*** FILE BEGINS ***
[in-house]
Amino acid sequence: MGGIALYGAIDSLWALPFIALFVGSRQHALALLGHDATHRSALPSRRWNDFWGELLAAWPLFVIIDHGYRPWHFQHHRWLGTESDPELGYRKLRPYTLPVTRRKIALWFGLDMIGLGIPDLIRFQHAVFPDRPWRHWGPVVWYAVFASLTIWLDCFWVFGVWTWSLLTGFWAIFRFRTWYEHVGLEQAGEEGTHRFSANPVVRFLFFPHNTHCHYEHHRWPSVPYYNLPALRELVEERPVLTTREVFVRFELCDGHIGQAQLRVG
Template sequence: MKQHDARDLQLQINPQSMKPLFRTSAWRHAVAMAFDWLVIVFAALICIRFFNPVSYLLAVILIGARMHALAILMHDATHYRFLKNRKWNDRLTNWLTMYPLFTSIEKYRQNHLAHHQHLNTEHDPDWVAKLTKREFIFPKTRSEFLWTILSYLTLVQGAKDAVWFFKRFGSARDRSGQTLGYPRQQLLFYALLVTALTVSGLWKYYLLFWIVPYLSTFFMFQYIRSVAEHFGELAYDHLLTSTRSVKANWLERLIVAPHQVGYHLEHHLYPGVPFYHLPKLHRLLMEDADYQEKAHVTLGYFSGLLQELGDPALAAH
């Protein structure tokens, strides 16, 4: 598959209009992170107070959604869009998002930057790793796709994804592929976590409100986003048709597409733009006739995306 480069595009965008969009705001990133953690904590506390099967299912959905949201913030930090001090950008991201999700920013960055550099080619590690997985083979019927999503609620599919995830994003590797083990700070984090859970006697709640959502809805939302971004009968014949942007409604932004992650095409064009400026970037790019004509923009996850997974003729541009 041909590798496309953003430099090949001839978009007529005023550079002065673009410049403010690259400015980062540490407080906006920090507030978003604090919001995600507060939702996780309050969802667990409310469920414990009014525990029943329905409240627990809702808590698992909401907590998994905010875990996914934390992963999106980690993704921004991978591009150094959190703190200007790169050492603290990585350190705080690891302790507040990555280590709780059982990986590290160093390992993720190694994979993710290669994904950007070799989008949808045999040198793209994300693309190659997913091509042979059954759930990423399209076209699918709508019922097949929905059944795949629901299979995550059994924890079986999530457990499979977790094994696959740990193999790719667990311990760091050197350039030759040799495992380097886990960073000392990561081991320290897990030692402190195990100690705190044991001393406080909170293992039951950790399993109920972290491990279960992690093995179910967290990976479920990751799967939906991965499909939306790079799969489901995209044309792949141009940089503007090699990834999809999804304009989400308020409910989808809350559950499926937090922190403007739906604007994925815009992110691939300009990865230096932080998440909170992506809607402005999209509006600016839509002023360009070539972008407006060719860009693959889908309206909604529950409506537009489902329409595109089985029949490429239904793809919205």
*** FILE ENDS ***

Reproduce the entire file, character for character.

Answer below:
[in-house]
Amino acid sequence: MGGIALYGAIDSLWALPFIALFVGSRQHALALLGHDATHRSALPSRRWNDFWGELLAAWPLFVIIDHGYRPWHFQHHRWLGTESDPELGYRKLRPYTLPVTRRKIALWFGLDMIGLGIPDLIRFQHAVFPDRPWRHWGPVVWYAVFASLTIWLDCFWVFGVWTWSLLTGFWAIFRFRTWYEHVGLEQAGEEGTHRFSANPVVRFLFFPHNTHCHYEHHRWPSVPYYNLPALRELVEERPVLTTREVFVRFELCDGHIGQAQLRVG
Template sequence: MKQHDARDLQLQINPQSMKPLFRTSAWRHAVAMAFDWLVIVFAALICIRFFNPVSYLLAVILIGARMHALAILMHDATHYRFLKNRKWNDRLTNWLTMYPLFTSIEKYRQNHLAHHQHLNTEHDPDWVAKLTKREFIFPKTRSEFLWTILSYLTLVQGAKDAVWFFKRFGSARDRSGQTLGYPRQQLLFYALLVTALTVSGLWKYYLLFWIVPYLSTFFMFQYIRSVAEHFGELAYDHLLTSTRSVKANWLERLIVAPHQVGYHLEHHLYPGVPFYHLPKLHRLLMEDADYQEKAHVTLGYFSGLLQELGDPALAAH
């Protein structure tokens, strides 16, 4: 598959209009992170107070959604869009998002930057790793796709994804592929976590409100986003048709597409733009006739995306 480069595009965008969009705001990133953690904590506390099967299912959905949201913030930090001090950008991201999700920013960055550099080619590690997985083979019927999503609620599919995830994003590797083990700070984090859970006697709640959502809805939302971004009968014949942007409604932004992650095409064009400026970037790019004509923009996850997974003729541009 041909590798496309953003430099090949001839978009007529005023550079002065673009410049403010690259400015980062540490407080906006920090507030978003604090919001995600507060939702996780309050969802667990409310469920414990009014525990029943329905409240627990809702808590698992909401907590998994905010875990996914934390992963999106980690993704921004991978591009150094959190703190200007790169050492603290990585350190705080690891302790507040990555280590709780059982990986590290160093390992993720190694994979993710290669994904950007070799989008949808045999040198793209994300693309190659997913091509042979059954759930990423399209076209699918709508019922097949929905059944795949629901299979995550059994924890079986999530457990499979977790094994696959740990193999790719667990311990760091050197350039030759040799495992380097886990960073000392990561081991320290897990030692402190195990100690705190044991001393406080909170293992039951950790399993109920972290491990279960992690093995179910967290990976479920990751799967939906991965499909939306790079799969489901995209044309792949141009940089503007090699990834999809999804304009989400308020409910989808809350559950499926937090922190403007739906604007994925815009992110691939300009990865230096932080998440909170992506809607402005999209509006600016839509002023360009070539972008407006060719860009693959889908309206909604529950409506537009489902329409595109089985029949490429239904793809919205």